Another example would be taking the goal of connecting more with loved ones and making it look like carving out an hour for family time every weekend, starting this Saturday.

The idea is to not only set goals to help you shake out of a slump but to do so in a way that sets you up for success. In essence, you’re making it easier to stick with your goal by shifting it from a vague idea of what you want to something that is defined and actionable.

Consider your values

One of the challenges during the pandemic is that many of the things we want to do or that would typically make us feel better are currently unavailable.

While you previously might have gone to the gym or enjoyed Sunday brunch with friends when you felt stuck, these activities are no longer feasible.

But the joy and fulfillment you gained from them still can be.

“When we’re limited in what we can do, our values still remain. There are still creative ways we can find to live out our values in context of COVID-19,” Caver says.

Say one of your values is to help others. While volunteer options look different nowadays, you can still find ways to meet that value and help out your community, be it virtually or with distanced in-person options.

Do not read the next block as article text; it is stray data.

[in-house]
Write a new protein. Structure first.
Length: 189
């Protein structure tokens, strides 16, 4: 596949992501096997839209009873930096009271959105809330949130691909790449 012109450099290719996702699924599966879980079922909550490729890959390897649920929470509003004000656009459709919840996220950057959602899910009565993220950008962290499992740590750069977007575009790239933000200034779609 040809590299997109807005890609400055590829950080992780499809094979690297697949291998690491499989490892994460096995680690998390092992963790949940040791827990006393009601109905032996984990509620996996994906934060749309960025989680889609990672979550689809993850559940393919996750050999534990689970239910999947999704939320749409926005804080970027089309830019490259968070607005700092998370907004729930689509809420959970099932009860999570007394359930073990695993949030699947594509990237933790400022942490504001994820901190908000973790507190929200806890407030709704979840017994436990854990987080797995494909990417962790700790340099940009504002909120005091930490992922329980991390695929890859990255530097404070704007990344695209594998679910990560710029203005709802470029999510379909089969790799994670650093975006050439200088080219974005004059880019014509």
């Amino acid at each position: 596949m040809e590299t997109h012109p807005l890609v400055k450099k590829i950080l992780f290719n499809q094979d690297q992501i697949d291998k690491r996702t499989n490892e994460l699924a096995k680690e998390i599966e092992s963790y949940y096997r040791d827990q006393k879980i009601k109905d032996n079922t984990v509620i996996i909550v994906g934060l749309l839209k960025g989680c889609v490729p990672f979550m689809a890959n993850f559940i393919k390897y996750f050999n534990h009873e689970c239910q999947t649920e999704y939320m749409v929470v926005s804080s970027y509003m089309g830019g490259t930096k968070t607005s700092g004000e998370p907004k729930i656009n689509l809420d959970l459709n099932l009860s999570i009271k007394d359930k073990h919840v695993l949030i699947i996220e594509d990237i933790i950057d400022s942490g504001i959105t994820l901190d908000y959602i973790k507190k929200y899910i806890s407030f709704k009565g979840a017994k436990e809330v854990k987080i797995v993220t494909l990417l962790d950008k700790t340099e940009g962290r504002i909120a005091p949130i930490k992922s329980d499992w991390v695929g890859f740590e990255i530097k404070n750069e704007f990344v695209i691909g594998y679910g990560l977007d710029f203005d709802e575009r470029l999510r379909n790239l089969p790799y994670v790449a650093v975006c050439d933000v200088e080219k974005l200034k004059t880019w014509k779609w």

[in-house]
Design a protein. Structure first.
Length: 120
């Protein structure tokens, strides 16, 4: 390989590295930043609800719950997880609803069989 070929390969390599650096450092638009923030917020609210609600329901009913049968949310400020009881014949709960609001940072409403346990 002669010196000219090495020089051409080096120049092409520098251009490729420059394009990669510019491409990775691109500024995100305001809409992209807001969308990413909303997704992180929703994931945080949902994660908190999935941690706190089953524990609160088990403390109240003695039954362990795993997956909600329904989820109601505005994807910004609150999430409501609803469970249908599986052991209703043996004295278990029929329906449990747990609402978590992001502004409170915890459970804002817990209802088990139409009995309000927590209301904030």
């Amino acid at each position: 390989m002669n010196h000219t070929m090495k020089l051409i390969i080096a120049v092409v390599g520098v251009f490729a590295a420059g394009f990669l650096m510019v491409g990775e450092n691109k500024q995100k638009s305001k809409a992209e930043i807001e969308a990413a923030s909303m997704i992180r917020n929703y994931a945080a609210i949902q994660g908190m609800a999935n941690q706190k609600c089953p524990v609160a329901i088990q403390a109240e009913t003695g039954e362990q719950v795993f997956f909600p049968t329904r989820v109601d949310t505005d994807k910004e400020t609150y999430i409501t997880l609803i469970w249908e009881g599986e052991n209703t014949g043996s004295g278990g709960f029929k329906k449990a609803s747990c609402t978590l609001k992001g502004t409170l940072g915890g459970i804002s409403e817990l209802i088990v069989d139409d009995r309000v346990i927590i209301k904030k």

You can also try this in reverse by starting with what activities you miss and then determining what your underlying value is for that activity.

If you’re bummed that you had to cancel travel plans, it might mean you’re really missing feeling relaxed after getting away from work and everyday stressors. In this case, you could try a soothing staycation or adding some meditation into your daily routine.

Alternatively, if you find you’re missing the adventure and exploration of travel, you could try takeout from a restaurant with a cuisine you haven’t had before or watching a documentary about the location to satisfy your desire to learn about new places.

Practice gratitude

“We may not naturally feel gratitude during a pandemic, but we can still do things to cultivate gratitude for what we do have,” Caver says.

Celebrate the little successes in your day and try to notice the good things that happen. Journaling or setting aside a couple minutes to appreciate the good things you have in your life can help adjust your mindset.

These shifts in your outlook and actions can help pull you out of a rut, even if the larger stressor (in this case the pandemic) isn’t going anywhere anytime soon.

“Start with simple, small changes.” Caver says. “It makes all the difference.”

Seek out support

There are resources available to help if you’re struggling to get out of a rut or just want some extra support.

PEBB benefits-eligible UW employees can access five free counseling sessions through CareLink, and all UW Medicine faculty and staff can speak with a clinician from the Department of Psychiatry & Behavioral Sciences, request help through the Peer to Peer Program and connect with employee health services.